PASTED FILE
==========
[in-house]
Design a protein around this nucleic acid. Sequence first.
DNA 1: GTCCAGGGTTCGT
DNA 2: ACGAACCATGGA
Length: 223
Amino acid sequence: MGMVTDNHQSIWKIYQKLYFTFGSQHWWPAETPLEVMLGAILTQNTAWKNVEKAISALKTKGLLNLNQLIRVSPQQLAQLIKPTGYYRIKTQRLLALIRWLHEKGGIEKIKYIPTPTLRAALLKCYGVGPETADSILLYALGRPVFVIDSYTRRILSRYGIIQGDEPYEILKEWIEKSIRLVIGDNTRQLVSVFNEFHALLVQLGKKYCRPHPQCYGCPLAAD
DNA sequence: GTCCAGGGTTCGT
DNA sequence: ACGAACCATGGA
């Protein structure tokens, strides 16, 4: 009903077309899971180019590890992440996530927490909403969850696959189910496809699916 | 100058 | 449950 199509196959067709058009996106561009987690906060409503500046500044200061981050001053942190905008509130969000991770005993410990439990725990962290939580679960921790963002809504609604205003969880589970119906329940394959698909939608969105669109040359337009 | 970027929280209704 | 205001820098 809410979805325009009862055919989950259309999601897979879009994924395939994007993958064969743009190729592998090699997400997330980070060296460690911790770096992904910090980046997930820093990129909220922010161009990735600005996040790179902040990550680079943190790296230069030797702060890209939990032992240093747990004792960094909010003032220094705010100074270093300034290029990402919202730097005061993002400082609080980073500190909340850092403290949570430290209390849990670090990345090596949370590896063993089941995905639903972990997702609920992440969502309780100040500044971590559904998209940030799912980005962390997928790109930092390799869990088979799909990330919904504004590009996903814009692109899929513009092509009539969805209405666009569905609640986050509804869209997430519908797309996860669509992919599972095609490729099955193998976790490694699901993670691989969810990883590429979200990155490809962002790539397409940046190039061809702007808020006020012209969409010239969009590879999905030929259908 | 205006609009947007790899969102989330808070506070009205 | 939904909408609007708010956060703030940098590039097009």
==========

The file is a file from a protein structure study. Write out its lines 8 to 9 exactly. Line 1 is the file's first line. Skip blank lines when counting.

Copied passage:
DNA sequence: ACGAACCATGGA
């Protein structure tokens, strides 16, 4: 009903077309899971180019590890992440996530927490909403969850696959189910496809699916 | 100058 | 449950 199509196959067709058009996106561009987690906060409503500046500044200061981050001053942190905008509130969000991770005993410990439990725990962290939580679960921790963002809504609604205003969880589970119906329940394959698909939608969105669109040359337009 | 970027929280209704 | 205001820098 809410979805325009009862055919989950259309999601897979879009994924395939994007993958064969743009190729592998090699997400997330980070060296460690911790770096992904910090980046997930820093990129909220922010161009990735600005996040790179902040990550680079943190790296230069030797702060890209939990032992240093747990004792960094909010003032220094705010100074270093300034290029990402919202730097005061993002400082609080980073500190909340850092403290949570430290209390849990670090990345090596949370590896063993089941995905639903972990997702609920992440969502309780100040500044971590559904998209940030799912980005962390997928790109930092390799869990088979799909990330919904504004590009996903814009692109899929513009092509009539969805209405666009569905609640986050509804869209997430519908797309996860669509992919599972095609490729099955193998976790490694699901993670691989969810990883590429979200990155490809962002790539397409940046190039061809702007808020006020012209969409010239969009590879999905030929259908 | 205006609009947007790899969102989330808070506070009205 | 939904909408609007708010956060703030940098590039097009």